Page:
|Title||Multi-stage Testing for a Multi-disciplined End-of primary-school Test|
|Publication Type||Conference Paper|
|Year of Publication||2017|
|Authors||Straat, H, van Groen, M, Zijlstra, W, Keizer-Mittelhaëuser, M-A, Lamoré, M|
|Conference Name||IACAT 2017 Conference|
|Publisher||Niigata Seiryo University|
|Conference Location||Niigata, Japan|
|Keywords||mst, Multidisciplined, proficiency|
The Dutch secondary education system consists of five levels: basic, lower, and middle vocational education, general secondary education, and pre-academic education. The individual decision for level of secondary education is based on a combination of the teacher’s judgment and an end-of-primaryschool placement test.
This placement test encompasses the measurement of reading, language, mathematics and writing; each skill consisting of one to four subdomains. The Dutch end-of-primaryschool test is currently administered in two linear 200-item paper-based versions. The two versions differ in difficulty so as to motivate both less able and more able students, and measure both groups of students precisely. The primary goal of the test is providing a placement advice for five levels of secondary education. The secondary goal is the assessment of six different fundamental reference levels defined on reading, language, and mathematics. Because of the high stakes advice of the test, the Dutch parliament has instructed to change the format to a multistage test. A major advantage of multistage testing is that the tailoring of the tests is more strongly related to the ability of the students than to the teacher’s judgment. A separate multistage test is under development for each of the three skills measured by the reference levels to increase the classification accuracy for secondary education placement and to optimally measure the performance on the reference-level-related skills.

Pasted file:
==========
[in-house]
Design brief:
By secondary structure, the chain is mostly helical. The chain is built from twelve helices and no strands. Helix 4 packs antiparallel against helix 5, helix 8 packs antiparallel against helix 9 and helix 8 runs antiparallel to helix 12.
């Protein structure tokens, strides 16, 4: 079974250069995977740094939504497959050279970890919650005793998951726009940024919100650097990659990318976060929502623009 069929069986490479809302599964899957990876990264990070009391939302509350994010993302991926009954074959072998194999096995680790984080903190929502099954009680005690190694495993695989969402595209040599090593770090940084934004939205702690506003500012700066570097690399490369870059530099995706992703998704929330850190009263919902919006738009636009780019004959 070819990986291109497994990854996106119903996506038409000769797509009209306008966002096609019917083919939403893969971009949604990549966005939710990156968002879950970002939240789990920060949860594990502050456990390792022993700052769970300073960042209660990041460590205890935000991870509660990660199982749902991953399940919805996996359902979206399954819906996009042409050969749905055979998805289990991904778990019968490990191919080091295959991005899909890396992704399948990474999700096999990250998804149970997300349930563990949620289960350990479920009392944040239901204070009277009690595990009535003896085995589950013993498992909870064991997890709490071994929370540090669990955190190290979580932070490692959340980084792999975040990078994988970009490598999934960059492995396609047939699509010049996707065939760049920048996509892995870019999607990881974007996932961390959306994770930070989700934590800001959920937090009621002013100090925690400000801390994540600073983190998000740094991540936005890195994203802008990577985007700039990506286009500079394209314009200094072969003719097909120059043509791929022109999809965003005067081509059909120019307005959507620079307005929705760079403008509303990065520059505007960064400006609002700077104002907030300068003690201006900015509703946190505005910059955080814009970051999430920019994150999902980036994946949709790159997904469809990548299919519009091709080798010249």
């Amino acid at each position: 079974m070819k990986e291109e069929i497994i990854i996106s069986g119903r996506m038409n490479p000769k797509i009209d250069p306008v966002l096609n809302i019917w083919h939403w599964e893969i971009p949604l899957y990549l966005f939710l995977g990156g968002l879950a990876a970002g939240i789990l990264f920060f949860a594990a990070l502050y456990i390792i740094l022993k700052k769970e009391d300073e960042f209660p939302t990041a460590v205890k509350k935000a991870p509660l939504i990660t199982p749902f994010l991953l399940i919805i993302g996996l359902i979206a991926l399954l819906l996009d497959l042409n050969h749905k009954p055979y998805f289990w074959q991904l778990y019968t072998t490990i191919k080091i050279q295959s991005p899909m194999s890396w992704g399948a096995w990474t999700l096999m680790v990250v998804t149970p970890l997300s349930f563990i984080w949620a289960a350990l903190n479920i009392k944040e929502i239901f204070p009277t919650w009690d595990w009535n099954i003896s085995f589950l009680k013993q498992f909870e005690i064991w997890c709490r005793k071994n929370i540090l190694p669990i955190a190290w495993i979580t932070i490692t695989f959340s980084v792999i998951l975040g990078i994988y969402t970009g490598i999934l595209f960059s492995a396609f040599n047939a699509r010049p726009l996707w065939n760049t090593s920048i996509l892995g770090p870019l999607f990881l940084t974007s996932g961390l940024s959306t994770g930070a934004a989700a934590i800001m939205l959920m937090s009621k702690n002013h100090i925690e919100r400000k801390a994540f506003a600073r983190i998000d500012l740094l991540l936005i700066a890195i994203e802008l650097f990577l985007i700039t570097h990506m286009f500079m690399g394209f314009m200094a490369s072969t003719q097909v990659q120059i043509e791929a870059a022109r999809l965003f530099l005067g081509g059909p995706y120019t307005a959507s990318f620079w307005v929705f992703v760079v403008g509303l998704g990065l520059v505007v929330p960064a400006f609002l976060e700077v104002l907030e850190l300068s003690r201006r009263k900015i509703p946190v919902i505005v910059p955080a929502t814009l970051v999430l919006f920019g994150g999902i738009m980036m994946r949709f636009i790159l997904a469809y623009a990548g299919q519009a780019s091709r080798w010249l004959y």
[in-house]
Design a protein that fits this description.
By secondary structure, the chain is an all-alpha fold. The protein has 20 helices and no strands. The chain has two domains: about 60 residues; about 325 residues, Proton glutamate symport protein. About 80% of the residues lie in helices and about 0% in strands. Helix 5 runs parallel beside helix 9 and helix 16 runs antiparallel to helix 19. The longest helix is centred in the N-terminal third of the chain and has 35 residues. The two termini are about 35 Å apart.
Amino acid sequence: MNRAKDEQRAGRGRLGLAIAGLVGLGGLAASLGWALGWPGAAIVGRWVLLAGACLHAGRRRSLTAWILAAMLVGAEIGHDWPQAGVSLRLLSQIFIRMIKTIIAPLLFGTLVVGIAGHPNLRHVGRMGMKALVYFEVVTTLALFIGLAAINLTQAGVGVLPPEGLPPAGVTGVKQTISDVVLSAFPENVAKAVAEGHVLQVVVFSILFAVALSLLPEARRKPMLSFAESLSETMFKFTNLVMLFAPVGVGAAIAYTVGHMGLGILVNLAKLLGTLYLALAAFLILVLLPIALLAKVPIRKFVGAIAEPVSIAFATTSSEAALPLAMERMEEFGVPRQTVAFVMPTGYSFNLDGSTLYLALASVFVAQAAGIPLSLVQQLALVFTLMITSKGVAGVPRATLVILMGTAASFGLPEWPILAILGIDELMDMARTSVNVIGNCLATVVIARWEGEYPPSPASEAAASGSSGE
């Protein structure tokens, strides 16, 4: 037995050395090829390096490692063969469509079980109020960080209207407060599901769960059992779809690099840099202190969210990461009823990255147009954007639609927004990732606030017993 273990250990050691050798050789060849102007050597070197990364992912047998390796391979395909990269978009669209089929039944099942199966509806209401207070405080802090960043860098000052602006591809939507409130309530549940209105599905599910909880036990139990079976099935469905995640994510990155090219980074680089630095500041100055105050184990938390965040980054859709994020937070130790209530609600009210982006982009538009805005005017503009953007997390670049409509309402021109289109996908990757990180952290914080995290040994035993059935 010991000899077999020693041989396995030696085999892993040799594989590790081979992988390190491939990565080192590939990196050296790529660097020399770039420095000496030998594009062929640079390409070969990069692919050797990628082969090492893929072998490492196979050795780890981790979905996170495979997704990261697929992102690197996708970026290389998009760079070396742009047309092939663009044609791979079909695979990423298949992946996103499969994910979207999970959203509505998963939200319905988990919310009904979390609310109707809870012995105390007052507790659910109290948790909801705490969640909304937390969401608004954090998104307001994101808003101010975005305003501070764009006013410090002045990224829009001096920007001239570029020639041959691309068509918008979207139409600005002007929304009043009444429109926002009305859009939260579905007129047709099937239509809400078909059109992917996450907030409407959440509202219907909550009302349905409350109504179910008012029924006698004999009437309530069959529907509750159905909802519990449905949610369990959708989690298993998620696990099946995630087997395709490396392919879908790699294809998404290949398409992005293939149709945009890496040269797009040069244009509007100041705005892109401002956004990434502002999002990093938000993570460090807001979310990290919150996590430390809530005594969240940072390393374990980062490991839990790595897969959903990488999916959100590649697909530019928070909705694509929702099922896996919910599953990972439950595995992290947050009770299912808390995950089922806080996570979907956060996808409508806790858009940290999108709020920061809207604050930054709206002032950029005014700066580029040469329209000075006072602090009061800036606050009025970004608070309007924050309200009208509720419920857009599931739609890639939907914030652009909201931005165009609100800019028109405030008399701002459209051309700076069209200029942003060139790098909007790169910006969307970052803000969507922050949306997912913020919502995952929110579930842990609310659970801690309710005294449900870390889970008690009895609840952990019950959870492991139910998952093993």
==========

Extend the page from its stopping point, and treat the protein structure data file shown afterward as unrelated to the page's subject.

This symposium consists of three presentations discussing the challenges in transitioning from a linear paper-based test to a computer-based multistage test within an existing curriculum and the specification of the multistage test to meet the measurement purposes. The transitioning to a multistage test has to improve both classification accuracy and measurement precision.
First, we describe the Dutch educational system and the role of the end-of-primary-school placement test within this system. Special attention will be paid to the advantages of multistage testing over both linear testing and computerized adaptive testing, and on practical implications related to the transitioning from a linear to a multistage test.
Second, we discuss routing and reporting on the new multi-stage test. Both topics have a major impact on the quality of the placement advice and the reference mastery decisions. Several methods for routing and reporting are compared.
Third, the linear test contains 200 items to cover a broad range of different skills and to obtain a precise measurement of those skills separately. Multistage testing creates opportunities to reduce the cognitive burden for the students while maintaining the same quality of placement advice and assessment of mastering of reference levels. This presentation focuses on optimal allocation of items to test modules, optimal number of stages and modules per stage and test length reduction.